jOBS - the too cutely titled Steve Jobs biopic - is a ruthlessly efficient but frustratingly unenquiring film that is ultimately saved by the convincing central performance by Ashton Kutcher. Kutcher goes beyond his striking similar resemblance to adopt the loping walking and speaking style of the iconic computer developer, and allied with superb production design and authentic Los Altos locations, this make the film compelling despite its stylistic problems. These must rest with the director Joshua Michael Stern (SWING VOTE) and debut screenwriter Michael Whiteley.. To be sure, they don't sugarcoat Jobs - they show his immediate and early ripping off of fellow collaborators - his harsh rejection of his daughter - his frustrating single-mindedness - but they never investigate it. Why - on the first deal they did together - did Steve Wozniak (Josh Gad) off? Where did he get the drive and knowledge to cut such a financially astute deal with venture capitalist Mike Markkula (Dermot Mulroney)? Why did he cut out early collaborators such as Daniel Kottke (Lukas Hass) out of the lucrative Apple IPO? Why did he deny he was his daughter's father for so long? And why did he then recant? This latter issue is perhaps the most frustrating. In a movie that uses Jobs' eviction from Apple a major psychological turning point it's incredibly annoying to reunite with him a few years later where he's apparently turned into a doting father, husband and zen father.
So if we're not getting psychological depth here, what are we getting? A fairly straightforward corporate history of Apple. It reads as follows. Woz is the IT genius who creates the PC but Jobs is the marketing and design guru who sells it to the financiers and then to Wall Street. His search for perfection and naivety leads him to a position where the greedy capitalist CEO John Scully (Matthew Modine) forces him out, causes a personal crisis for Jobs and a corporate crisis for Apple. Years later he's called back, annoints his design successor Jonny Ive (Giles Matthey) and announces the design of the iPod. The rest is final credit success and deliberately avoided death. I'm no expert on Apple's corporate history so I can't tell you if the account is broadly accurate and fair, but it IS compelling, if a little bit TV movie of the week. And that's how I'd advise you watch this: on the small screen.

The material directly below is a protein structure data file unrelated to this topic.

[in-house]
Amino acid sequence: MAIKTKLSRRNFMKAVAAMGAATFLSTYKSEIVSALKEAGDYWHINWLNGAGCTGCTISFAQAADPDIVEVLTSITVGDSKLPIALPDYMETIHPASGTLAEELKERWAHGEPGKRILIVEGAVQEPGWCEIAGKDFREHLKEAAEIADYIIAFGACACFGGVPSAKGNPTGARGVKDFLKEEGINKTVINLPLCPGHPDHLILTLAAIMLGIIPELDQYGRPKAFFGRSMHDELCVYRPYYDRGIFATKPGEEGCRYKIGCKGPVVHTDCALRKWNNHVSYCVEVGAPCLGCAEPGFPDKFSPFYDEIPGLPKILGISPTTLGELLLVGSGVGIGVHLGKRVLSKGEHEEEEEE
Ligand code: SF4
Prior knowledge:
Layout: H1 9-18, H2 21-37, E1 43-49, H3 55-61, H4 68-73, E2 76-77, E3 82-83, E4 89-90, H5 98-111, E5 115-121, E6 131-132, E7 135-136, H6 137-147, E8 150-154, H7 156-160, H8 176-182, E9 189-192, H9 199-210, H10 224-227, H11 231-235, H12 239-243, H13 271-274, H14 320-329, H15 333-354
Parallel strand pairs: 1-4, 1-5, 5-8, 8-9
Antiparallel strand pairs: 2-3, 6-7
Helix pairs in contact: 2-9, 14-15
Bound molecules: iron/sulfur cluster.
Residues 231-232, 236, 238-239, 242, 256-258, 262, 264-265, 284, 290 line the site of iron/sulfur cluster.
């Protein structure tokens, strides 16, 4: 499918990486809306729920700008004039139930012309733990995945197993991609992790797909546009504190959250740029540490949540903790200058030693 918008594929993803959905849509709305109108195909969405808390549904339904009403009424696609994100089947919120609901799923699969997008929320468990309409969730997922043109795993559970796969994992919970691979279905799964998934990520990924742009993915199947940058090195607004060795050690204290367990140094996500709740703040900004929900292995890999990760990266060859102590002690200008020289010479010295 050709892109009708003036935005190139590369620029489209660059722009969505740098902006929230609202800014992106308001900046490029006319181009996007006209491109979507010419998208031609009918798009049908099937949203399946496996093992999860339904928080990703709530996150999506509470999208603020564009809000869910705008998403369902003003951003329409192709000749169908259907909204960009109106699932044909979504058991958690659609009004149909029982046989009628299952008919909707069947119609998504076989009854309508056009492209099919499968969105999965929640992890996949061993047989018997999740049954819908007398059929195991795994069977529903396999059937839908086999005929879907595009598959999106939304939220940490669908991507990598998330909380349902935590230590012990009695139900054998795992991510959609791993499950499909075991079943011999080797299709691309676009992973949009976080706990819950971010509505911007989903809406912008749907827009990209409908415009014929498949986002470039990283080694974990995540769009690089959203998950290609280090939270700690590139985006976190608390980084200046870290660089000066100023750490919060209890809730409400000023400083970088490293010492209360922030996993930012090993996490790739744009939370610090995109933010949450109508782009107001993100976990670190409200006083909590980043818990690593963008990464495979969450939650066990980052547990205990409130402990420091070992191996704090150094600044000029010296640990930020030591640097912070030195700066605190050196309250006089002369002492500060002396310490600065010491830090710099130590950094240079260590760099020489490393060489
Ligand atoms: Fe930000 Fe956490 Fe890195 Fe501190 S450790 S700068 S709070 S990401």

JOBS has a running time of 128 minutes and is rated PG-13 in the USA.
JOBS played Sundance 2013 and was released earlier this year in the USA, Singapore, Canada, Turkey, France, Argentina, Kuwait, Portugal, India, Pakistan, the Philippines, Australia, Israel, South Korea, Brazil, Poland, Belgium, Denmark, the Netherlands, Iceland, Croatia, Serbia, Thailand, Estonia, Greece, Hong Kong, Finland, Lithuania, Spain, Taiwan, Colombia, Latvia, Mexico, Bangladesh, Macedonia, Japan, Norway, Peru, Sweden, Italy and Chile. It does not yet have a UK release date.
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